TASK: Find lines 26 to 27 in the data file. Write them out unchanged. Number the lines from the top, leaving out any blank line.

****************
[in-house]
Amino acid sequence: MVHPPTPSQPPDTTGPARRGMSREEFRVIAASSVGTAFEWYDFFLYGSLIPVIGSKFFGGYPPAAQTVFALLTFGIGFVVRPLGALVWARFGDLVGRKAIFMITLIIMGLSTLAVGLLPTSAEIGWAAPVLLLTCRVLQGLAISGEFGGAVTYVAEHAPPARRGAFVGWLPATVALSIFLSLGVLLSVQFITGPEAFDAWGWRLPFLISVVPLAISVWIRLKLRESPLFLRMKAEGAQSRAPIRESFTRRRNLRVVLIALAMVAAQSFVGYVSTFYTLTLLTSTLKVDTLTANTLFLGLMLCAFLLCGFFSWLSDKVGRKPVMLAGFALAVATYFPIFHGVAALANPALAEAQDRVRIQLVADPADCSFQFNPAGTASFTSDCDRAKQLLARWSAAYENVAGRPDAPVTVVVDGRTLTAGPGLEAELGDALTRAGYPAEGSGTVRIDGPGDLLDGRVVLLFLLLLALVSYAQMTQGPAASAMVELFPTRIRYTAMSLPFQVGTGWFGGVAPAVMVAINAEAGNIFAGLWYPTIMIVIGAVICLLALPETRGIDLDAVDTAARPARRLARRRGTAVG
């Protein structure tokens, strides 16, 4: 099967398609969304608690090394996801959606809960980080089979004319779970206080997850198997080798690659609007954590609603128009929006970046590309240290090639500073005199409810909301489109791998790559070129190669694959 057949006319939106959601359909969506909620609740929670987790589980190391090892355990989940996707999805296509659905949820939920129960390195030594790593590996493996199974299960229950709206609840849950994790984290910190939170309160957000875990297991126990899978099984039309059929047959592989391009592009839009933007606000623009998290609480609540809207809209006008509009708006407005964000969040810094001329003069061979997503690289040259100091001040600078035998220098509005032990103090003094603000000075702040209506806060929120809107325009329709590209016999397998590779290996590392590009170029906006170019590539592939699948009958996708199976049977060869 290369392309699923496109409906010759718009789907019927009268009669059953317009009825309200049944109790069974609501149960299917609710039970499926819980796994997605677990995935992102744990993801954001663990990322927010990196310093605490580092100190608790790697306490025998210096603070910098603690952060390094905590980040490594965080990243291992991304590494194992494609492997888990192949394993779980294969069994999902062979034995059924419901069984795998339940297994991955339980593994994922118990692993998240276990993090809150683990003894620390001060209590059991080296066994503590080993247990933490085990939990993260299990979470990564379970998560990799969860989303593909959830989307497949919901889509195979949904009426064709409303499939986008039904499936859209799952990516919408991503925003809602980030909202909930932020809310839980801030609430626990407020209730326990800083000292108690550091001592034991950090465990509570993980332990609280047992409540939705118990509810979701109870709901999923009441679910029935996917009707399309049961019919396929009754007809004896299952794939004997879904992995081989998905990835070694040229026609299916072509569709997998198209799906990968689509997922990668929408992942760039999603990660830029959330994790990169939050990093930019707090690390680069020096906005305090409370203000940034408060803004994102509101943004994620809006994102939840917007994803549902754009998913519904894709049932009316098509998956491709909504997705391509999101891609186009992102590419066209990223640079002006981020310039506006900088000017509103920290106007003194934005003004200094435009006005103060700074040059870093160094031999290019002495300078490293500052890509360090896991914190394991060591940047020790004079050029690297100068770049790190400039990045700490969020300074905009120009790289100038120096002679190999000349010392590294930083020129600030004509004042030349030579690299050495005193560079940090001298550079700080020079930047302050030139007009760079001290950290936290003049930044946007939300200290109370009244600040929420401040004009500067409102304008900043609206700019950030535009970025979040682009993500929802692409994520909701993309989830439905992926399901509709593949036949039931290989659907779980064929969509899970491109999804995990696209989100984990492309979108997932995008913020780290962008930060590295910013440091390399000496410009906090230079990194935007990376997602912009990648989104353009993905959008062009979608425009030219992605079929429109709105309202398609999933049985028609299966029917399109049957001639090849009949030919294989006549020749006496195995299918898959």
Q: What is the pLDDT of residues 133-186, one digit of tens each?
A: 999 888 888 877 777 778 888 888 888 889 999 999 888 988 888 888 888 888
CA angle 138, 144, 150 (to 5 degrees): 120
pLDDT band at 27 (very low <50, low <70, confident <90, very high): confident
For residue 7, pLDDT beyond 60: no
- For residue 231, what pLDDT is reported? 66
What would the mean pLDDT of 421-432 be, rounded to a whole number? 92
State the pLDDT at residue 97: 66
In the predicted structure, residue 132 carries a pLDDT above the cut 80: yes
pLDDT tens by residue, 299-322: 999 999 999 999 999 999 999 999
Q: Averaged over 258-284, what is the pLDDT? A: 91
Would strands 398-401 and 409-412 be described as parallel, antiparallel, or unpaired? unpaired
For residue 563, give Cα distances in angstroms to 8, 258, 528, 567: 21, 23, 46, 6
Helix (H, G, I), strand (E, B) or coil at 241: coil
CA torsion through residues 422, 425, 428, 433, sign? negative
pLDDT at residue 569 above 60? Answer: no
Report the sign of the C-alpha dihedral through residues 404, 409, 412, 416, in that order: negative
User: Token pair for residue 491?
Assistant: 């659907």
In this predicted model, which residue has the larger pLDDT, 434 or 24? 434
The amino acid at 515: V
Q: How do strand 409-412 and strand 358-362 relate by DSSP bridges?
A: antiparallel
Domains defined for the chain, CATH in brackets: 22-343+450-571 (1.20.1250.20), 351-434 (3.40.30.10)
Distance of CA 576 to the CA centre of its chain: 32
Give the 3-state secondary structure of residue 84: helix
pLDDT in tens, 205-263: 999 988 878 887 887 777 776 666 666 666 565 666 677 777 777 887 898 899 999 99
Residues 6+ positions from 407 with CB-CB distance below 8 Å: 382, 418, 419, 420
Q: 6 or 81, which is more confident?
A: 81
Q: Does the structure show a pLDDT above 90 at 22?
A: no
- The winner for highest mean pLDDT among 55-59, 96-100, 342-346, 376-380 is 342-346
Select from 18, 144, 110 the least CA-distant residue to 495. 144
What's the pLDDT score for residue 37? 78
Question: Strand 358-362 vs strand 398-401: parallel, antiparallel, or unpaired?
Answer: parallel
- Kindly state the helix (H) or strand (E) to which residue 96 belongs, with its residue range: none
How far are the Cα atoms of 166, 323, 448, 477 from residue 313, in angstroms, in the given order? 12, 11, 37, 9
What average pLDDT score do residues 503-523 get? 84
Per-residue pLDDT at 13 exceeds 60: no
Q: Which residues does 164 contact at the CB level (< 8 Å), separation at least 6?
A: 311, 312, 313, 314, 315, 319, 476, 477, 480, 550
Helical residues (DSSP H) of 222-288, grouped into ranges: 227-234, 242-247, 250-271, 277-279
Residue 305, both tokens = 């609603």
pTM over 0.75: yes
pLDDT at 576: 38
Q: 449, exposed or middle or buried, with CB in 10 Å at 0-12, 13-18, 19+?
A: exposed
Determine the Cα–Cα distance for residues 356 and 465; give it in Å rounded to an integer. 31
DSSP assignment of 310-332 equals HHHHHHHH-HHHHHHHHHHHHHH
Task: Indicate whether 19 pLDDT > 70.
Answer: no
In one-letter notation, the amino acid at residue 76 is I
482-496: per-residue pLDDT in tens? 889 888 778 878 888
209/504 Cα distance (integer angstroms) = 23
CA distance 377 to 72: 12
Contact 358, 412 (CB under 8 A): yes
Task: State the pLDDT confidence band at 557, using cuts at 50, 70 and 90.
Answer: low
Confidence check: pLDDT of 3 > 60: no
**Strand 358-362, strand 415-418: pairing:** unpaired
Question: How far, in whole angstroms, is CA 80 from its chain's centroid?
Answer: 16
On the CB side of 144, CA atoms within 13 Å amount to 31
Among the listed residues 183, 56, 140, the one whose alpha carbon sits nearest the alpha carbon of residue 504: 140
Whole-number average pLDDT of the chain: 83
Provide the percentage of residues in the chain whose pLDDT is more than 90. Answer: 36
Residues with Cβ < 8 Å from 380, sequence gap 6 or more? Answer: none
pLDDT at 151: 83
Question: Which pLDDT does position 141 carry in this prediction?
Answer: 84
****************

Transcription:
A: antiparallel
Domains defined for the chain, CATH in brackets: 22-343+450-571 (1.20.1250.20), 351-434 (3.40.30.10)